Similarly, in McCluskey this court ruled that an employee had no standing to appeal from an arbitration award because only the employer and union, as parties to the collective bargaining agreement which governed the arbitration procedure, were parties to the arbitration proceeding and had standing to appeal from the arbitrator's award.

[ 106 Pa. Commw. Page 334]

Nevertheless, in Martino v. Transport Workers' Union of Philadelphia, Local 234, 505 Pa. 391, 480 A.2d 242 (1984), our Supreme Court stated:

However, where necessary to provide a meaningful remedy by arbitration, when that remedy is denied by the union's fraud or bad faith, the employer can be joined in the employee's action against the union for its bad faith breach of fiduciary duty and the chancellor may fashion an appropriate equitable remedy which would permit grievance arbitration nunc pro tunc.

505 Pa. at 394, 480 A.2d at 243-44.

Because Ms. Fleck's action is grounded upon AFSCME's alleged breach of its duty to process a grievance fully, and seeks arbitration by way of relief, the department can be joined in Ms. Fleck's action against AFSCME, solely for the implementation of relief by way of arbitration, as in Martino. Therefore, Ms. Fleck does have standing to bring this action against the department.

The department also contends that Ms. Fleck has failed to state a cause of action against the department, and that Ms. Fleck's remedy is against AFSCME, citing Ziccardi v. Commonwealth, 500 Pa. 326, 456 A.2d 979 (1982). In Ziccardi our Supreme Court stated, "[w]e hold, as a general rule, that an employee has no right to sue his employer in equity and assumpsit for wrongful discharge where his union has refused to proceed to arbitration." 500 Pa. at 332, 456 A.2d at 981.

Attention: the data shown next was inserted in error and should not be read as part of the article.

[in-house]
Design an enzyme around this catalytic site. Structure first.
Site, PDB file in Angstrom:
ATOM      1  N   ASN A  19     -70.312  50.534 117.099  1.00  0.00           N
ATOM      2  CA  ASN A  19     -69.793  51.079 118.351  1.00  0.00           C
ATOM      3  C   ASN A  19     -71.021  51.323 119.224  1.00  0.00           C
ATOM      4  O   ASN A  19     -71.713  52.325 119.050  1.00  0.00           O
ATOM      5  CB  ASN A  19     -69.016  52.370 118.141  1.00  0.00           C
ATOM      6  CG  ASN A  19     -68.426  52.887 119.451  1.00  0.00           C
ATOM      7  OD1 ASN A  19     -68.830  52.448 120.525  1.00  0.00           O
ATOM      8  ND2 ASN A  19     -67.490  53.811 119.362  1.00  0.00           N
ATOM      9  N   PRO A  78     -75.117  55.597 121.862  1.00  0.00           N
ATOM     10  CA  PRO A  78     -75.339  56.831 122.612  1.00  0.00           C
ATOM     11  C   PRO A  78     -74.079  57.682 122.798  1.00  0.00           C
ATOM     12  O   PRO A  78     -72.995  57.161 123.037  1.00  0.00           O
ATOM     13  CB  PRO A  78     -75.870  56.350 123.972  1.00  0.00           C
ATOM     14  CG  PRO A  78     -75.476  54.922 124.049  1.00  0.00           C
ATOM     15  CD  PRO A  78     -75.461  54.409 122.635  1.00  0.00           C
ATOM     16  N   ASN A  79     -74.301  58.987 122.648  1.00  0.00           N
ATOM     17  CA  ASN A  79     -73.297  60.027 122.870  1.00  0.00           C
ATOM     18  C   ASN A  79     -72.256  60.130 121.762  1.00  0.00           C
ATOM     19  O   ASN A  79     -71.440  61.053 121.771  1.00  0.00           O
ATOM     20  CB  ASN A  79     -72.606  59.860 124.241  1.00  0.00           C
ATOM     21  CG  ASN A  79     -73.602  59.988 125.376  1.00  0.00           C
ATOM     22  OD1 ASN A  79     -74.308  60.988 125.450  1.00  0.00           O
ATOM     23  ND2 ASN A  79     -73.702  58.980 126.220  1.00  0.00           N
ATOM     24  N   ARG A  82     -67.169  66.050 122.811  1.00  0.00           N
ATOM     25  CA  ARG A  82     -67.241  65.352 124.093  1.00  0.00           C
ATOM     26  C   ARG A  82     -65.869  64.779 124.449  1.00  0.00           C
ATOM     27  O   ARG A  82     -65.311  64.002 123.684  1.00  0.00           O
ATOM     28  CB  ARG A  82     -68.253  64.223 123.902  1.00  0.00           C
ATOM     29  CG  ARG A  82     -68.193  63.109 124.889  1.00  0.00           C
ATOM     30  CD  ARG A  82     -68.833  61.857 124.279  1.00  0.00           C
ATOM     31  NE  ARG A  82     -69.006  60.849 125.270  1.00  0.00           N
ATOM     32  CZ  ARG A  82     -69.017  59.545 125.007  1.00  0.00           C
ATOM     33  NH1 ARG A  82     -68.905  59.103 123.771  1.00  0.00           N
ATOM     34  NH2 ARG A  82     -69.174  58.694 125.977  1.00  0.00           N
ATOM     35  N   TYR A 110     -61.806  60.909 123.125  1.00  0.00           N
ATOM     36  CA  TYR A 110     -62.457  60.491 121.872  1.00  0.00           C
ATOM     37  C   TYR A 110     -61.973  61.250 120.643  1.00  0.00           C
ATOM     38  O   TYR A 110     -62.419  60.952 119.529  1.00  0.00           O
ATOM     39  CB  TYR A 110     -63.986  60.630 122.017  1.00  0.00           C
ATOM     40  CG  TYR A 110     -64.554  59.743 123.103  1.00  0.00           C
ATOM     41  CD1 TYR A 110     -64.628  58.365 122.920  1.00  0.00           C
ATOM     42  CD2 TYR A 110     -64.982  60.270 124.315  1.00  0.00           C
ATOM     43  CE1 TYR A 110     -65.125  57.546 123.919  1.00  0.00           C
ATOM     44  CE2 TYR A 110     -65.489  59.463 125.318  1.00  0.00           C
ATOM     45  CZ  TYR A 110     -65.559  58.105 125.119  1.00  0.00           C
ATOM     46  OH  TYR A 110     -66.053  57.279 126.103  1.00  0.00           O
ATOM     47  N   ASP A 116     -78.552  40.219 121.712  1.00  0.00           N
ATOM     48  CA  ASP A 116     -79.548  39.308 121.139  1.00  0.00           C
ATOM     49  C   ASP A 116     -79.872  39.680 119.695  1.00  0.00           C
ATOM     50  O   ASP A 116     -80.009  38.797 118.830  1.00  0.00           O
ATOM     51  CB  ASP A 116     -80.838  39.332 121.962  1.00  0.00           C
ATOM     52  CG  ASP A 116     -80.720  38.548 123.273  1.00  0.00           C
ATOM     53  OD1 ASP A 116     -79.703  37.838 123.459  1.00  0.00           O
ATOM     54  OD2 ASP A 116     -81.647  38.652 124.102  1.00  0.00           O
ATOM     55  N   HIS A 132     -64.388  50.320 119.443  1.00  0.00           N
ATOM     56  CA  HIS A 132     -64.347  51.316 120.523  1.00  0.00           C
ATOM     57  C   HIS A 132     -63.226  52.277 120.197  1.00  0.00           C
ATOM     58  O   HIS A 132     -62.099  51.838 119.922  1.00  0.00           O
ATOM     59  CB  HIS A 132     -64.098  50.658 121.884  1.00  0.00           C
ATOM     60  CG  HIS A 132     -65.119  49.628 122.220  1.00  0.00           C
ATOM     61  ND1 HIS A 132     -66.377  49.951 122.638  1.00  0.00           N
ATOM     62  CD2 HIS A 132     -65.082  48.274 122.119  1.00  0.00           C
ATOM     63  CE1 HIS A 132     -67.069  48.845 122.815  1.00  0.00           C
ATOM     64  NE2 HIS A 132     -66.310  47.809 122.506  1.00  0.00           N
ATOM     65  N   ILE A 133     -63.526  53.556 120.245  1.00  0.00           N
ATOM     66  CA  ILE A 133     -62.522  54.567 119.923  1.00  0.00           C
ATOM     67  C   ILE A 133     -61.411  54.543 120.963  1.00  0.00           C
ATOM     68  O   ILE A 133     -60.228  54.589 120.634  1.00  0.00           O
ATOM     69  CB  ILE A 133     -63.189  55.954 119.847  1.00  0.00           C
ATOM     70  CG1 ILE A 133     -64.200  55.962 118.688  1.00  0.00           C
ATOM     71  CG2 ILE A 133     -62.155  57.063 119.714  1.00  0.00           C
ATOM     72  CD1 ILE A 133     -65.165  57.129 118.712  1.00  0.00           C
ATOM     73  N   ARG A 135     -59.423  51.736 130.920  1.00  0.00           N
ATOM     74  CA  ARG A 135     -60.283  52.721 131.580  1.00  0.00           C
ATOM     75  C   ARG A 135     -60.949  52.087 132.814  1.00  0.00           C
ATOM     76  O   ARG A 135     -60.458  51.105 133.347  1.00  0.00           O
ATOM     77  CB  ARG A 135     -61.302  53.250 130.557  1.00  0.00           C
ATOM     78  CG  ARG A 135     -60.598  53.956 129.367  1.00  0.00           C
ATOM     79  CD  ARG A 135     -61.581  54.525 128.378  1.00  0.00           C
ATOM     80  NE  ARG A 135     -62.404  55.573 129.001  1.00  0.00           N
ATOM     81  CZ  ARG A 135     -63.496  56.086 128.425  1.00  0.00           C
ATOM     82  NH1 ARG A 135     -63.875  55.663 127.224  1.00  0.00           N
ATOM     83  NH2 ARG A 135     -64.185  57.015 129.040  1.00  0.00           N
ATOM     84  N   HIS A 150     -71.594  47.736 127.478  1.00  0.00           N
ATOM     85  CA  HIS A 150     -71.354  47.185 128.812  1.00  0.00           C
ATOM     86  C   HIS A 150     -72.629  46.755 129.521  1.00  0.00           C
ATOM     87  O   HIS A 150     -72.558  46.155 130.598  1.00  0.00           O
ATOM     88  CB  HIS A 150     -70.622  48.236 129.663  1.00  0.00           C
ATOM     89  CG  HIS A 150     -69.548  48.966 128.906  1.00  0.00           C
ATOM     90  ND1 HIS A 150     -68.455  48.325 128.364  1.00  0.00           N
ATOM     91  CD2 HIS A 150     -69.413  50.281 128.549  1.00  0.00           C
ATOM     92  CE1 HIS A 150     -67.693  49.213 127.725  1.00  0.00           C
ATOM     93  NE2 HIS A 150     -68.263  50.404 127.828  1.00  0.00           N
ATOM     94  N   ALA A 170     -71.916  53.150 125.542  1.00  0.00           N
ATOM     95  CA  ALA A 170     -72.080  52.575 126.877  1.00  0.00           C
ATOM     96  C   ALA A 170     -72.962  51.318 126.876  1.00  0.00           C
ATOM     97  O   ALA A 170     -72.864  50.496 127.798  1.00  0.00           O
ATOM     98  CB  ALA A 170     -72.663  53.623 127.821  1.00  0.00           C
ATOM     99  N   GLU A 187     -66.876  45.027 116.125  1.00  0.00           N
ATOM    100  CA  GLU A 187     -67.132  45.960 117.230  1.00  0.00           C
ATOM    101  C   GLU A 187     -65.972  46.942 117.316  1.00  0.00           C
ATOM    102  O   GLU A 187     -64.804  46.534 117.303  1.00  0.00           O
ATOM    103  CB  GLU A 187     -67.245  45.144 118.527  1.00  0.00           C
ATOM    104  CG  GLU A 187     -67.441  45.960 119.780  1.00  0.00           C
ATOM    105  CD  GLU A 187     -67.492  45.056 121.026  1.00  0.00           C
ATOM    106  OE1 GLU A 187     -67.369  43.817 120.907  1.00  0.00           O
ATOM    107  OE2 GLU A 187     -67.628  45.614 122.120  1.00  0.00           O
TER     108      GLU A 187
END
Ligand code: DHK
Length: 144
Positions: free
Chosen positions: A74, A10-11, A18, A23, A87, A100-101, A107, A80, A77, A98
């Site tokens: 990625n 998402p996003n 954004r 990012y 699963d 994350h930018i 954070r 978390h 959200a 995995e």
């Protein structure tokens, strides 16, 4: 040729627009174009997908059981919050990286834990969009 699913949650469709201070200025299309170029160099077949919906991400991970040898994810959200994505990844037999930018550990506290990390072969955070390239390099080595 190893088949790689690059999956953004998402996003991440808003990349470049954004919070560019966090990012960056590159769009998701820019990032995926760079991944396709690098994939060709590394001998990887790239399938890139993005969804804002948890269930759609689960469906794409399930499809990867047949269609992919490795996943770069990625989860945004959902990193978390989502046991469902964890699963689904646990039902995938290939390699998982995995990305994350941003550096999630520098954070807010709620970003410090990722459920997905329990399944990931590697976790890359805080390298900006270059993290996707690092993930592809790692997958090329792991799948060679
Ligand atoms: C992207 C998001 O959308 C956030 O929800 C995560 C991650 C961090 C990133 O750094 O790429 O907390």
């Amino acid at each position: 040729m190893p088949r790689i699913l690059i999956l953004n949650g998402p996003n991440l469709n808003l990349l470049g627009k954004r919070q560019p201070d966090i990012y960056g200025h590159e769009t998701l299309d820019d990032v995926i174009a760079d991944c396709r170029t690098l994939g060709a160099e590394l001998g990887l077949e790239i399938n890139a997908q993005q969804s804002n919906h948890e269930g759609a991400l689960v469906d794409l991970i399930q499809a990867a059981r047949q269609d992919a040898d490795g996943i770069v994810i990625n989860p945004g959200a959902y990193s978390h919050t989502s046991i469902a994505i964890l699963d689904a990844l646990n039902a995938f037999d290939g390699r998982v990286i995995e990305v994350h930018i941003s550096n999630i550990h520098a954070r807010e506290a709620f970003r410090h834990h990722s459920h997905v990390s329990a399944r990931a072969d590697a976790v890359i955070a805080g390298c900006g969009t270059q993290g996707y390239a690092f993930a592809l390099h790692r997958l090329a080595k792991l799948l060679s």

However, in Martino our Supreme Court ruled:

We therefore further define Ziccardi by holding that an employee may seek in equity under either our state or federal law by joining his employer where the union breaches its duty of fair representation when such joinder is necessary to afford him an adequate remedy.

[ 106 Pa. Commw. Page 335505]

Pa. at 397, 480 A.2d at 245. The court further stated:

Ziccardi does preclude an employee from directly seeking reinstatement in a court action for wrongful discharge; it does not prevent an equity court from fashioning a remedy which will effectuate the parties' collective bargaining agreement so long as its decree insures compliance with PERA's [Public Employe Relations Act] requirement of mandatory grievance arbitration. In requiring mandatory arbitration of public employees' grievances, the legislature certainly did not intend to shield the employer from the natural consequences of its breach of the collective bargaining agreement, nor did the legislature intend to deprive employees of the right, under proper circumstances, to seek equitable relief compelling pursuit of the statutorily prescribed grievance arbitration procedures under a collective bargaining agreement precluding the employee from seeking his statutory remedy. Thus, the Chancellor may, under proper circumstances, order the union and employer to arbitrate the aggrieved employee's grievance; and, where the arbitrator deems it appropriate, he may order reinstatement.

505 Pa. at 407-08, 480 A.2d at 250-51.

The ultimate issue here therefore is whether the equitable remedy of arbitration, made available by Martino in a wrongful discharge case, is available in an alleged wrongful denial of benefits case.

In light of our Supreme Court's emphasis, in Martino, on the importance of an employee's statutorily prescribed remedy of arbitration, we conclude that the Martino equitable remedy of arbitration is also available here in an alleged wrongful denial of benefits case.

[ 106 Pa. Commw. Page 336]

Assuming, as we must, that Ms. Fleck's averments in her amended complaint are true, Rousseau v. City of Philadelphia, 100 Pa. Commonwealth Ct. 173, 514 A.2d 649 (1986), Ms. Fleck has stated a cause of action against the department.

Accordingly, the department's preliminary objections are overruled.


Now, May 27, 1987, the Department of Aging's preliminary objections are overruled, and the department shall file a responsive pleading within thirty days of the date of this order.


Department's preliminary objections overruled. Responsive pleadings to be filed within thirty days.